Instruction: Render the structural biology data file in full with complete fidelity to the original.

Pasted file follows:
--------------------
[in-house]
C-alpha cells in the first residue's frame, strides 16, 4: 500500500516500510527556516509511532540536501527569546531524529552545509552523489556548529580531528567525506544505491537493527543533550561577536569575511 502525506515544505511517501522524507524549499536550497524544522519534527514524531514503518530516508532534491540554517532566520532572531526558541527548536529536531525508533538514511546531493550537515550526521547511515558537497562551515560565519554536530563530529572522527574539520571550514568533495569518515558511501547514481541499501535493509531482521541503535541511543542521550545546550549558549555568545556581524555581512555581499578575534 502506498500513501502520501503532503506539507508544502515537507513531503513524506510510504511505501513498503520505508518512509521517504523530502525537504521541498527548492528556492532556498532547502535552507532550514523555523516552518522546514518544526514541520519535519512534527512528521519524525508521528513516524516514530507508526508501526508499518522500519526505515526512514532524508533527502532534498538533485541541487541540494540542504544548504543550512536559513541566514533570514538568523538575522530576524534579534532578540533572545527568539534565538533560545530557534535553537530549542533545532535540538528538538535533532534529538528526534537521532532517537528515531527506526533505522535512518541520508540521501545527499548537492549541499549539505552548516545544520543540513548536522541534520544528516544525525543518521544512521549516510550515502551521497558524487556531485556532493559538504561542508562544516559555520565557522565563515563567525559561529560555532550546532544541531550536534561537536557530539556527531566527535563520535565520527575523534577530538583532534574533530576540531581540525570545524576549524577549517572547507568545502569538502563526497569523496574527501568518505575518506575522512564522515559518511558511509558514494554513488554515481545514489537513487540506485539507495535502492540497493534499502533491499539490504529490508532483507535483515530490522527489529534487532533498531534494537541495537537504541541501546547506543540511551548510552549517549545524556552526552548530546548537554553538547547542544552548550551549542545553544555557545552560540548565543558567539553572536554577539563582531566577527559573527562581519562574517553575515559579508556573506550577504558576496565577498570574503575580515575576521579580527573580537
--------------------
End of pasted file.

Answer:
[in-house]
C-alpha cells in the first residue's frame, strides 16, 4: 500500500516500510527556516509511532540536501527569546531524529552545509552523489556548529580531528567525506544505491537493527543533550561577536569575511 502525506515544505511517501522524507524549499536550497524544522519534527514524531514503518530516508532534491540554517532566520532572531526558541527548536529536531525508533538514511546531493550537515550526521547511515558537497562551515560565519554536530563530529572522527574539520571550514568533495569518515558511501547514481541499501535493509531482521541503535541511543542521550545546550549558549555568545556581524555581512555581499578575534 502506498500513501502520501503532503506539507508544502515537507513531503513524506510510504511505501513498503520505508518512509521517504523530502525537504521541498527548492528556492532556498532547502535552507532550514523555523516552518522546514518544526514541520519535519512534527512528521519524525508521528513516524516514530507508526508501526508499518522500519526505515526512514532524508533527502532534498538533485541541487541540494540542504544548504543550512536559513541566514533570514538568523538575522530576524534579534532578540533572545527568539534565538533560545530557534535553537530549542533545532535540538528538538535533532534529538528526534537521532532517537528515531527506526533505522535512518541520508540521501545527499548537492549541499549539505552548516545544520543540513548536522541534520544528516544525525543518521544512521549516510550515502551521497558524487556531485556532493559538504561542508562544516559555520565557522565563515563567525559561529560555532550546532544541531550536534561537536557530539556527531566527535563520535565520527575523534577530538583532534574533530576540531581540525570545524576549524577549517572547507568545502569538502563526497569523496574527501568518505575518506575522512564522515559518511558511509558514494554513488554515481545514489537513487540506485539507495535502492540497493534499502533491499539490504529490508532483507535483515530490522527489529534487532533498531534494537541495537537504541541501546547506543540511551548510552549517549545524556552526552548530546548537554553538547547542544552548550551549542545553544555557545552560540548565543558567539553572536554577539563582531566577527559573527562581519562574517553575515559579508556573506550577504558576496565577498570574503575580515575576521579580527573580537